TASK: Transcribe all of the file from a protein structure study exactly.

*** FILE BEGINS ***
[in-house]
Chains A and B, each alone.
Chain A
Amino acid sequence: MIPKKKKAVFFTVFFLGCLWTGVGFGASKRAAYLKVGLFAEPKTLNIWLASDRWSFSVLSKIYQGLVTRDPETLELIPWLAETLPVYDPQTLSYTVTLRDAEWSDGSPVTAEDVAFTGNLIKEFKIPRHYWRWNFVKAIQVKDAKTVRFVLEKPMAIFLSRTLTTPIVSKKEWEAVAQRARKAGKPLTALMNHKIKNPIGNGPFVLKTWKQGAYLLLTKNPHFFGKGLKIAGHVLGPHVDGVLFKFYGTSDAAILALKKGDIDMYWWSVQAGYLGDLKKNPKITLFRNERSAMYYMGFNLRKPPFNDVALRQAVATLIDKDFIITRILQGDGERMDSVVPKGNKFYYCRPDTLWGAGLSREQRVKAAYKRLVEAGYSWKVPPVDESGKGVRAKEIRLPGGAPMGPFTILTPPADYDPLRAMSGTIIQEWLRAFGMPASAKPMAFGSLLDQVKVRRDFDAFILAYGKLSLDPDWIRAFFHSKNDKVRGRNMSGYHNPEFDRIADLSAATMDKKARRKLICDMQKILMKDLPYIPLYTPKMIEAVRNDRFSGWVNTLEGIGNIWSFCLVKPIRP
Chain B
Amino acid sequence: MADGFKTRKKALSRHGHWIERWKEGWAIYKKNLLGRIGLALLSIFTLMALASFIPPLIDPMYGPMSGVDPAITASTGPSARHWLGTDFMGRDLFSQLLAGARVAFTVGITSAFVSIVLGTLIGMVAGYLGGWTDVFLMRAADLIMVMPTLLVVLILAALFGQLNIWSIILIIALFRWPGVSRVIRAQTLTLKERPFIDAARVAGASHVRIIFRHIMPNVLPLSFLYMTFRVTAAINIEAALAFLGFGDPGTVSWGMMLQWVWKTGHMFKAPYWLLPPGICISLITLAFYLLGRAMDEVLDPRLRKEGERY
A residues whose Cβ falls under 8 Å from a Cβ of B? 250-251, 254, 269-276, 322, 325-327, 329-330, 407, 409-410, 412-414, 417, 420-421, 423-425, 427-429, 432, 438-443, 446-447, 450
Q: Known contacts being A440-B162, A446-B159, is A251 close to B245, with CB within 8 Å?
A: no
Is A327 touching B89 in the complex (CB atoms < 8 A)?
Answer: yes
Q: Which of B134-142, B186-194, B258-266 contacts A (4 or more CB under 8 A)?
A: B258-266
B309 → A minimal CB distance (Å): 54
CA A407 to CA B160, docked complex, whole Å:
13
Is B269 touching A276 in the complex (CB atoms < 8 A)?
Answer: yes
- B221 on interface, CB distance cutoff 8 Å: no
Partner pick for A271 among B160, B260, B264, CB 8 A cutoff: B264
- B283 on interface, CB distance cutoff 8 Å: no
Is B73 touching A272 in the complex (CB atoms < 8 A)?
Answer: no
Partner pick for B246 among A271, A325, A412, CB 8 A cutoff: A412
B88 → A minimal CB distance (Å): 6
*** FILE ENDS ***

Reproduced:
[in-house]
Chains A and B, each alone.
Chain A
Amino acid sequence: MIPKKKKAVFFTVFFLGCLWTGVGFGASKRAAYLKVGLFAEPKTLNIWLASDRWSFSVLSKIYQGLVTRDPETLELIPWLAETLPVYDPQTLSYTVTLRDAEWSDGSPVTAEDVAFTGNLIKEFKIPRHYWRWNFVKAIQVKDAKTVRFVLEKPMAIFLSRTLTTPIVSKKEWEAVAQRARKAGKPLTALMNHKIKNPIGNGPFVLKTWKQGAYLLLTKNPHFFGKGLKIAGHVLGPHVDGVLFKFYGTSDAAILALKKGDIDMYWWSVQAGYLGDLKKNPKITLFRNERSAMYYMGFNLRKPPFNDVALRQAVATLIDKDFIITRILQGDGERMDSVVPKGNKFYYCRPDTLWGAGLSREQRVKAAYKRLVEAGYSWKVPPVDESGKGVRAKEIRLPGGAPMGPFTILTPPADYDPLRAMSGTIIQEWLRAFGMPASAKPMAFGSLLDQVKVRRDFDAFILAYGKLSLDPDWIRAFFHSKNDKVRGRNMSGYHNPEFDRIADLSAATMDKKARRKLICDMQKILMKDLPYIPLYTPKMIEAVRNDRFSGWVNTLEGIGNIWSFCLVKPIRP
Chain B
Amino acid sequence: MADGFKTRKKALSRHGHWIERWKEGWAIYKKNLLGRIGLALLSIFTLMALASFIPPLIDPMYGPMSGVDPAITASTGPSARHWLGTDFMGRDLFSQLLAGARVAFTVGITSAFVSIVLGTLIGMVAGYLGGWTDVFLMRAADLIMVMPTLLVVLILAALFGQLNIWSIILIIALFRWPGVSRVIRAQTLTLKERPFIDAARVAGASHVRIIFRHIMPNVLPLSFLYMTFRVTAAINIEAALAFLGFGDPGTVSWGMMLQWVWKTGHMFKAPYWLLPPGICISLITLAFYLLGRAMDEVLDPRLRKEGERY
A residues whose Cβ falls under 8 Å from a Cβ of B? 250-251, 254, 269-276, 322, 325-327, 329-330, 407, 409-410, 412-414, 417, 420-421, 423-425, 427-429, 432, 438-443, 446-447, 450
Q: Known contacts being A440-B162, A446-B159, is A251 close to B245, with CB within 8 Å?
A: no
Is A327 touching B89 in the complex (CB atoms < 8 A)?
Answer: yes
Q: Which of B134-142, B186-194, B258-266 contacts A (4 or more CB under 8 A)?
A: B258-266
B309 → A minimal CB distance (Å): 54
CA A407 to CA B160, docked complex, whole Å:
13
Is B269 touching A276 in the complex (CB atoms < 8 A)?
Answer: yes
- B221 on interface, CB distance cutoff 8 Å: no
Partner pick for A271 among B160, B260, B264, CB 8 A cutoff: B264
- B283 on interface, CB distance cutoff 8 Å: no
Is B73 touching A272 in the complex (CB atoms < 8 A)?
Answer: no
Partner pick for B246 among A271, A325, A412, CB 8 A cutoff: A412
B88 → A minimal CB distance (Å): 6